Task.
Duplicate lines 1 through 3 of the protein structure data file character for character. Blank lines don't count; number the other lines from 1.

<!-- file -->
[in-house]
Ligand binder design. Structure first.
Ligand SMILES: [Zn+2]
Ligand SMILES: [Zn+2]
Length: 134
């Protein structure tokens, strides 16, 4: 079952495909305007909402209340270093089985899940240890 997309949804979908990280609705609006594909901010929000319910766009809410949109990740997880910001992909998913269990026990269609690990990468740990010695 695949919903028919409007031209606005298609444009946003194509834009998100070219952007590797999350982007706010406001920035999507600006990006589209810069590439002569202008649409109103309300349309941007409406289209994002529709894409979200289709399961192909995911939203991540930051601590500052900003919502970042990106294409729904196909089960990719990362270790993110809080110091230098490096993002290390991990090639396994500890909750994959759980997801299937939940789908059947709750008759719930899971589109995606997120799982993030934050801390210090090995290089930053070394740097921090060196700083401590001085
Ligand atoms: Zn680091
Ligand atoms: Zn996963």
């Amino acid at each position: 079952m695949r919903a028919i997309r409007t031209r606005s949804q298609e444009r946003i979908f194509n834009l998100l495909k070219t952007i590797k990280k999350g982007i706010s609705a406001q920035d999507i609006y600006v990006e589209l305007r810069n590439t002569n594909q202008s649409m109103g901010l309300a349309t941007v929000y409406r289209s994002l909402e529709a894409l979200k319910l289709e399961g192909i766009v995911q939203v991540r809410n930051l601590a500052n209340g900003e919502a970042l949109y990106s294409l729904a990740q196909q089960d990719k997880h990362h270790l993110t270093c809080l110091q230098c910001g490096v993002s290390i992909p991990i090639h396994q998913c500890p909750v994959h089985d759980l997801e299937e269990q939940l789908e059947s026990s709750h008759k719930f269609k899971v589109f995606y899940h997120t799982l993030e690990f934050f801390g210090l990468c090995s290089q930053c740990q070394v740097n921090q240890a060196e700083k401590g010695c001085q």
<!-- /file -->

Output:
[in-house]
Ligand binder design. Structure first.
Ligand SMILES: [Zn+2]